Updated: Mar 12
When we think about mathematics, it is helpful to remember that we explore mathematics through what is called a base-ten number system. Simply put, 10 ones make up 1 ten and 10 tens make up 1 hundred. And so on. We also use place value as a way of describing the value attached to a number. I like to ask students would you rather have five hundred dollars or five dollars? When you say it like that, the choice is easy but that isn’t always the case. As adults, we sometimes take for granted these foundational math skills that our little ones are learning.
When exploring addition and subtraction, a very perplexing situation may occur if your child’s understanding of place value is weak.
Let’s explore it through the eyes of a child first. Your teacher or tutor asks you, “what does 2 take away 8 equal”.
Well, maybe as an adult you jump to negative numbers but for a child, this can be an illogical and impossible question. I’ve seen many creative attempts to solve this question. Most often I get the answer of 6 because they reverse the question 8-2. (Hint: if you model this question with real blocks, they quickly realize their own error).
So what is happening?
Regrouping occurs in some addition or subtraction questions when they need to compose or decompose the number in the adjacent place-value spot to solve the question. I left a little bit out with my previous example the teacher or tutor was really asking, “what does 42 take away 28 equal”. A child who has a weak understanding of place value will usually answer 26.
When regrouping with addition this looks like, “what does 36 plus 28 equal”. A child who has a weak understanding of place value could answer 514. Thus, mistakenly adding an additional place value column and vastly changing the meaning of the number, even though they did almost all the steps correctly.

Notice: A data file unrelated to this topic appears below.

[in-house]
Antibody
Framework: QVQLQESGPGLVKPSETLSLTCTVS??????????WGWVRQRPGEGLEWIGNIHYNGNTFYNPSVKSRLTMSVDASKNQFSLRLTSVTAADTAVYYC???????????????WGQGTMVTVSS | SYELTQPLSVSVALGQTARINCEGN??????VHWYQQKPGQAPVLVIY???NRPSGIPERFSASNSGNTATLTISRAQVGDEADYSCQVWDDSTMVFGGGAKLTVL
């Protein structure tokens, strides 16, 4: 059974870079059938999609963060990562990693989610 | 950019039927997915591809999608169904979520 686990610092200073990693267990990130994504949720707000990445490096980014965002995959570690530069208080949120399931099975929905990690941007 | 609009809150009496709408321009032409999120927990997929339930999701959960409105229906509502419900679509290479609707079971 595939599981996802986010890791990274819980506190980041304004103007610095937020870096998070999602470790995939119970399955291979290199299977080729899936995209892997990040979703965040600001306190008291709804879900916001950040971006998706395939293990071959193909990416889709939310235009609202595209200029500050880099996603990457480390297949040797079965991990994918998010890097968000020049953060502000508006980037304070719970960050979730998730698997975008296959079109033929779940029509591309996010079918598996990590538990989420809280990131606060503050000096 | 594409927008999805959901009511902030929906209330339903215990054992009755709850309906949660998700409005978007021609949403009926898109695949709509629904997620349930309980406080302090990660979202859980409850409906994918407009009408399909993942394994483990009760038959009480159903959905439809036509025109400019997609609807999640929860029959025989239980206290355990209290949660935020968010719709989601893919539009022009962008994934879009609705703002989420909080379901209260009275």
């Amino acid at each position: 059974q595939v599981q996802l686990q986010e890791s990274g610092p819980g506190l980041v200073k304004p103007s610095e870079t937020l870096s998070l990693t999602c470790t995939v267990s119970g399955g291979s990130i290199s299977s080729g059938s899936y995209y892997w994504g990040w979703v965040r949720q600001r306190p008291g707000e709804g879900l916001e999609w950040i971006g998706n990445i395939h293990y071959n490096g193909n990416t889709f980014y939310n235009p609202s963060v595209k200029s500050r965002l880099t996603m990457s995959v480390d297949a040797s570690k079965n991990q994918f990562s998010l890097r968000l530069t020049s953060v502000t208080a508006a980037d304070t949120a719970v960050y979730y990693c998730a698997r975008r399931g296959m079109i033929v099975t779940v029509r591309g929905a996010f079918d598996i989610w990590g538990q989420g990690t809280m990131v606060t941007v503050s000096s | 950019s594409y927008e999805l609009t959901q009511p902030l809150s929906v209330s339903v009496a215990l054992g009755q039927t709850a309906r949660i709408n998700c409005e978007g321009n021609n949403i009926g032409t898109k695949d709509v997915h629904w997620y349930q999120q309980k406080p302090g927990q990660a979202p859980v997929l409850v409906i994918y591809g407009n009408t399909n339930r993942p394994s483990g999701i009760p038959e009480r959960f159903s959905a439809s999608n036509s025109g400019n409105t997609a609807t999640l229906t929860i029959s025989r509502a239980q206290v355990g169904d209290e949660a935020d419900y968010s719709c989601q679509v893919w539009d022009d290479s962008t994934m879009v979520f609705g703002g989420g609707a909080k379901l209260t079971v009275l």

When do students start seeing questions like this?
In the Ontario Curriculum, in grade 3 students start to explore the concept of regrouping more explicitly. Some students may dabble in it before then, but you can expect by grade 3 this concept of regrouping will be necessary.
So, how do we teach regrouping at Latch Onto Learning?
1. Have the student solve the question using a learning tool
That learning tool could be counters, a number line or a hundred chart. By presenting the question differently and in a way that does not require decomposing or composing the numbers, the student will be able to see the difference of answer. From there, we have a great student-lead conversation about the two different answers.
2. Teach Place Value
If the error we are seeing in regrouping is caused by a misconception in place value, we need to go back and clarify that foundational skill. This might look like practicing counting ten ones to form one tens rod with base-ten blocks or practicing representing tally marks as a multidigit number. Ultimately, if your child has a foundational gap, it is going to be extremely difficult to solve math questions that require that conceptual understanding.
3. “I do, you do”
If the child is still struggling with regrouping, we model how to solve the question for the child. Sometimes children just need a little extra practice and modelling how to solve the questions. We start by modelling it with manipulatives and then we move progressively towards a more abstract understanding of addition.
How long does it take to learn?
It’s important to remember that every child learns at a different pace. This concept may take 30 minutes, 2 sessions or 8 sessions. Every child learns at their own pace. At Latch Onto Learning, we gear our programming to your child’s learning needs, learning pace and personal interests. Every program is custom built for your child.